a On ne se trompera point sur Constantin, en croyant tout le mal qu'en dit Eusebe, et tout le bien qu'en dit Zosime. Fleury, Hist. Ecclesiastique, tom. 3. p. 233. Eusebius and Zosimus form indeed the two extremes of flattery and invective. The intermediate shades are expressed by those writers, whose character or situation variously tempered the influence of their religious zeal.

his mind were almost continually exercised in reading, writing, or meditating, in giving audience to ambassadors, and in examining the complaints of his subjects. Even those who censured the propriety of his measures were compelled to acknowledge, that he possessed magnanimity to conceive, and patience to execute, the most arduous designs, without being checked either by the prejudices of education, or by the clamours of the multitude. In the field, he infused his own intrepid spirit into the troops, whom he conducted with the talents of a consummate general; and to his abilities, rather than to his fortune, we may ascribe the signal victories which he obtained over the foreign and domestic foes of the republic. He loved glory, as the reward, perhaps as the motive, of his labours. The boundless ambition, which, from the moment of his accepting the purple at York, appears as the ruling passion of his soul, may be justified by the dangers of his own situation, by the character of his rivals, by the consciousness of superior merit, and by the prospect that his success would enable him to restore peace and order to the distracted empire. In his civil wars against Maxentius and Licinius, he had engaged on his side the inclinations of the people, who compared the undissembled vices of those tyrants with the spirit of wisdom and justice which seemed to direct the general tenor of the administration of Constantine.

Had Constantine fallen on the banks of the

Tyber, or even in the plains of Hadrianople, such is the character which, with a few exceptions, he might have transmitted to posterity. But the conclusion of his reign (according to the moderate and indeed tender sentence of a writer of the same age) degraded him from the rank which he had acquired among the most

His vices.

• The virtues of Constantine are collected for the most part from Eutropius, and the younger Victor, two sincere Payans, who wrote after the extinction of his family. Even Zosimus, and the emperor Julian, acknowledge his personal courage and military achievements.


deserving of the Roman princes. In the life of Augustus, we behold the tyrant of the republic, converted, almost by imperceptible degrees, into the father of his country and of human kind. In that of Constantine we may contemplate a hero, who had so long inspired his subjects with love, and his enemies with terror, degenerating into a cruel and dissolute monarch, corrupted by his fortune, or raised by conquest above the necessity A. D.323 of dissimulation. The general peace which he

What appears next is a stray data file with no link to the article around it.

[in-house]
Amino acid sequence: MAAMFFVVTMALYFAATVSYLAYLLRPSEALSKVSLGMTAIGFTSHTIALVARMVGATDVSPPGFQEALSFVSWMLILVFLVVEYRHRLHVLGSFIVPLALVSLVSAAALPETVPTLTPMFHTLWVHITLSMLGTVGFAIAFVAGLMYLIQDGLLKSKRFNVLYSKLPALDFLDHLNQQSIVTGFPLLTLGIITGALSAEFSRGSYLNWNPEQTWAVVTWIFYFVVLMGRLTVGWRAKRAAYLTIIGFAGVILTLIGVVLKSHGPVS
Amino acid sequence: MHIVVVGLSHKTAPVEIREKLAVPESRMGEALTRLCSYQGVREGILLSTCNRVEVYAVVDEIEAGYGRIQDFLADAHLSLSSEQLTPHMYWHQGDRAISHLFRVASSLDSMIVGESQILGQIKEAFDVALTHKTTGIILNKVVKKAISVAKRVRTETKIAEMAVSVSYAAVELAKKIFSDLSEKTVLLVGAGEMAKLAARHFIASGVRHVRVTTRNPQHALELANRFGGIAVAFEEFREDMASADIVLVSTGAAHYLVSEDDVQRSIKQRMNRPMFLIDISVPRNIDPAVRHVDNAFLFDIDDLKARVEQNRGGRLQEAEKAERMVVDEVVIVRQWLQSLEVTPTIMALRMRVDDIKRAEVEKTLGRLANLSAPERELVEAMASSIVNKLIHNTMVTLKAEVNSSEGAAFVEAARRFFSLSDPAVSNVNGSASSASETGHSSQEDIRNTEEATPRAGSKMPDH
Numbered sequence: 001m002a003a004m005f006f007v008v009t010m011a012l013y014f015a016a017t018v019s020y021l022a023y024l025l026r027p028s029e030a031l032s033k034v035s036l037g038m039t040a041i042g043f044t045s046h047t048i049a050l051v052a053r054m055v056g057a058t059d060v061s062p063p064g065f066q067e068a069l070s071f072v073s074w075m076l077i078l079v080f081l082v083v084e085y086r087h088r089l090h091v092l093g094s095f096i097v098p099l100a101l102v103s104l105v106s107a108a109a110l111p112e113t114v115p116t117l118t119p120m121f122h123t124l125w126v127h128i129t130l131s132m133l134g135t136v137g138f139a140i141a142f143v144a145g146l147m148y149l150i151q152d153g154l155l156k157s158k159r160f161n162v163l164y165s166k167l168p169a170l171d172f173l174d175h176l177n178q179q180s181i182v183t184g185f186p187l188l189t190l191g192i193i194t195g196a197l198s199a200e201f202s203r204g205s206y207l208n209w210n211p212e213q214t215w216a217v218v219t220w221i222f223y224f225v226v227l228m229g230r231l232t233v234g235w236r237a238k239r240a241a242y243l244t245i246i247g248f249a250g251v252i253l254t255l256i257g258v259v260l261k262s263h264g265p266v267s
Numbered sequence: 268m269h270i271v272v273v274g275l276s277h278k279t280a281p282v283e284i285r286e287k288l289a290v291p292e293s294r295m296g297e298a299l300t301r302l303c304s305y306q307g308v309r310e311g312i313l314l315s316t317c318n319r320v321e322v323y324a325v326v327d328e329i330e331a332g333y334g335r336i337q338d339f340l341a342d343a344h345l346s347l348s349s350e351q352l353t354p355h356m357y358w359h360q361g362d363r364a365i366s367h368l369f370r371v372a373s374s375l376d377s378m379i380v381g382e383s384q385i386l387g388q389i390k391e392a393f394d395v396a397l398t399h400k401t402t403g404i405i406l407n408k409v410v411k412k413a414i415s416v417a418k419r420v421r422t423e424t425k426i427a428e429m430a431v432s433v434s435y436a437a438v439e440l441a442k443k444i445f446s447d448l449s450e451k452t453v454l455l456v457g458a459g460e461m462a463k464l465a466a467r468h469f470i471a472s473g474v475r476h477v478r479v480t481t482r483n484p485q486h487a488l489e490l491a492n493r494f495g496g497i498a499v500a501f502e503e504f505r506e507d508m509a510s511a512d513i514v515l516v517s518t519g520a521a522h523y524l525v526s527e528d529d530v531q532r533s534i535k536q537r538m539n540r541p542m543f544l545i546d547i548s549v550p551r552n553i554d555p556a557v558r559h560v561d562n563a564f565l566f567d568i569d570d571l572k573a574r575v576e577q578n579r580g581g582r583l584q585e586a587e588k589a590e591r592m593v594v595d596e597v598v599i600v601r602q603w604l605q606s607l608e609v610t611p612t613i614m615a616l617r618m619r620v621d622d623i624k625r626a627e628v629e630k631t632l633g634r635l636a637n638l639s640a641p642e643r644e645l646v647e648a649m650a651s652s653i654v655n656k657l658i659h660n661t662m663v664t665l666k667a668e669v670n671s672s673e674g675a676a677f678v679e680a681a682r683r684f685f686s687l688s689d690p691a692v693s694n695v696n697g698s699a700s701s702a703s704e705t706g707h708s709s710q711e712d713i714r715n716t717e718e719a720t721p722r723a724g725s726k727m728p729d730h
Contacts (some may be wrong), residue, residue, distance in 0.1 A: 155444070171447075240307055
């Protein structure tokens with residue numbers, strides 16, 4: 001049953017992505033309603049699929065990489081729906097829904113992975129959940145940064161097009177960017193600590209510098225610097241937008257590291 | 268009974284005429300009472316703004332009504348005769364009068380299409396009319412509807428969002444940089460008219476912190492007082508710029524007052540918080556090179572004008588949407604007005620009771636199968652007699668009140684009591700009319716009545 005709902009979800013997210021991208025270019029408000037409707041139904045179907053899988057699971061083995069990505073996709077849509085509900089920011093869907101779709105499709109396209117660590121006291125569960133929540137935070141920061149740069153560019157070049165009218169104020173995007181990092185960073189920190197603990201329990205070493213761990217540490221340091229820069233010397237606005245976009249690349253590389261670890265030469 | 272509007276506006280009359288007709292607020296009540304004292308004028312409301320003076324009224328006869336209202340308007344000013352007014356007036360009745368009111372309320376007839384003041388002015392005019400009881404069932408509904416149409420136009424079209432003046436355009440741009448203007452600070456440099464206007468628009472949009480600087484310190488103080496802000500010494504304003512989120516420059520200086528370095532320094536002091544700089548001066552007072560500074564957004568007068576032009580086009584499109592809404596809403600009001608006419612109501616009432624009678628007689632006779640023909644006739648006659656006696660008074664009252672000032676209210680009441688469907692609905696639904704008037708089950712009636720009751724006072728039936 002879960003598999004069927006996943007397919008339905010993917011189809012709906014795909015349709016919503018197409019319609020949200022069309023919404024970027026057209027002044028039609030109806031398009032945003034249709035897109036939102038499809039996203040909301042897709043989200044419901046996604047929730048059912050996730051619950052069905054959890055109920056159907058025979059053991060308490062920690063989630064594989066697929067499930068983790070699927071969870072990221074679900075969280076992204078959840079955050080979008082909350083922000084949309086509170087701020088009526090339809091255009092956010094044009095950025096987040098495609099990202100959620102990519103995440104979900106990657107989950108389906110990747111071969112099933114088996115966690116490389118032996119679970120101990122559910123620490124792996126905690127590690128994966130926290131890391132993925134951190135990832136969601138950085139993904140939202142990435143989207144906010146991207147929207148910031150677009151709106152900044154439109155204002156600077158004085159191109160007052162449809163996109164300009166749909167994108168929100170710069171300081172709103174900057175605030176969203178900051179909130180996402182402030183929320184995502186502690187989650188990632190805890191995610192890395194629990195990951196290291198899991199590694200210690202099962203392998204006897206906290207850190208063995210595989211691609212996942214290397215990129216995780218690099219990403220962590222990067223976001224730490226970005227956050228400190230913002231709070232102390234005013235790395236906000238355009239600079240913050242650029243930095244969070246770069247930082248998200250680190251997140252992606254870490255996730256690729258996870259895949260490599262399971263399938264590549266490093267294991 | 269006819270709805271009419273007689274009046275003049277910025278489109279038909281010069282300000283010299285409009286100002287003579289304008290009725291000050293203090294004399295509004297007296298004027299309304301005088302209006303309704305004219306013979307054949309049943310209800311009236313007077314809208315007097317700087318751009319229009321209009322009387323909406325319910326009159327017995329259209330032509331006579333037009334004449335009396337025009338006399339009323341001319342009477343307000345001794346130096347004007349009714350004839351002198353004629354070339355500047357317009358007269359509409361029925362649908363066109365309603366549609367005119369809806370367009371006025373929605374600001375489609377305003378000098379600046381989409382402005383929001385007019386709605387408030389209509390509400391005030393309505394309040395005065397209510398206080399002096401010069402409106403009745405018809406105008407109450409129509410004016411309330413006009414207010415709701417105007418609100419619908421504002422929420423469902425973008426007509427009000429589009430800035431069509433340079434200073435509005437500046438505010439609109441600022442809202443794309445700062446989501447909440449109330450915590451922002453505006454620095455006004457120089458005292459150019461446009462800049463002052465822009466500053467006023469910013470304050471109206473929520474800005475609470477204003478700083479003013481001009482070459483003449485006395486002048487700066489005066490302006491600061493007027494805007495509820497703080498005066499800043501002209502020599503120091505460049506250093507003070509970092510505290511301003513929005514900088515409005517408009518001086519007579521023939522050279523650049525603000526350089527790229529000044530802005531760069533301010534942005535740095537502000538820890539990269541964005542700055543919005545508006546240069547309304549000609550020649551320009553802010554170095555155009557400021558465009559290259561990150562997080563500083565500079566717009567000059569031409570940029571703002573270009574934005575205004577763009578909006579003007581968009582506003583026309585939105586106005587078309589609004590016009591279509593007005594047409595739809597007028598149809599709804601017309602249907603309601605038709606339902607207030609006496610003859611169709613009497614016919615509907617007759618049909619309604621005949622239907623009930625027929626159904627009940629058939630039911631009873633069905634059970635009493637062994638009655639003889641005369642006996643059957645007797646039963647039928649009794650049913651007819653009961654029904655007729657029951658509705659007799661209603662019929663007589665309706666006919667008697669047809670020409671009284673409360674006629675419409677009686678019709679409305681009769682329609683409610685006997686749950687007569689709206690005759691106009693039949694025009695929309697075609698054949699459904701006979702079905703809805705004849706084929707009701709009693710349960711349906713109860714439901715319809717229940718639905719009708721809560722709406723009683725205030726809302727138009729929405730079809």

maintained during the last fourteen years of his reign, was a period of apparent splendour rather than of real prosperity; and the old age of Constantine was disgraced by the opposite yet reconcileable vices of rapaciousness and prodigality. The accumulated treasures found in the palaces of Maxentius and Licinius, were lavishly consumed; the various innovations introduced by the conqueror were attended with an increasing expense; the cost of his buildings, his court, and his festivals, required an immediate and plentiful supply; and the oppression of the people was the only fund which could support the magnificence of the sovereign. His unworthy favourites, enriched by the boundless liberality of their master, usurped with impunity the privilege of rapine and corruption. A secret but universal decay was felt in every part of the public administration; and the emperor himself, though he still retained the obedience, gradually lost the esteem of his subjects. The

c See Eutropius, 10. 6. In primo Imperii tempore optimis principibus, ultimo mediis comparandus. From the ancient Greek version of Peanius, (edit. Havercamp. p. 697.) I am inclined to suspect that Eutropius had originally written ris mediis, and that the offensive monosyllable was dropped by the wilful inadrertency of transcribers. Aurelius Victor expresses the general opinion by a vulgar and indeed obscure proverb. Trachala decem annis præstantissimus ; duodecim sequentibus latro; decem novissimis pupillus ob immodicas profusiones.

& Julian. Orat. 1. p. 8. in a flattering discourse pronounced before the son of Constantine, and Cæsares, p. 335. Zosimus, p. 114, 115. The stately buildings of Constantinople, &c. may be quoted as a lasting and unexceptionable proof of the profuseness of their founder.

e The impartial Ammianus deserves all our confidence. Proximorum fauces aperuit primus omnium Constantinus. lib. 16. c. 8. Eusebius himself confesses the abuse, (Vit

. Constantin. lib. 4. c. 29. 54.) and some of the imperial laws feebly point out the remedy. See above, p. 296. of this volume.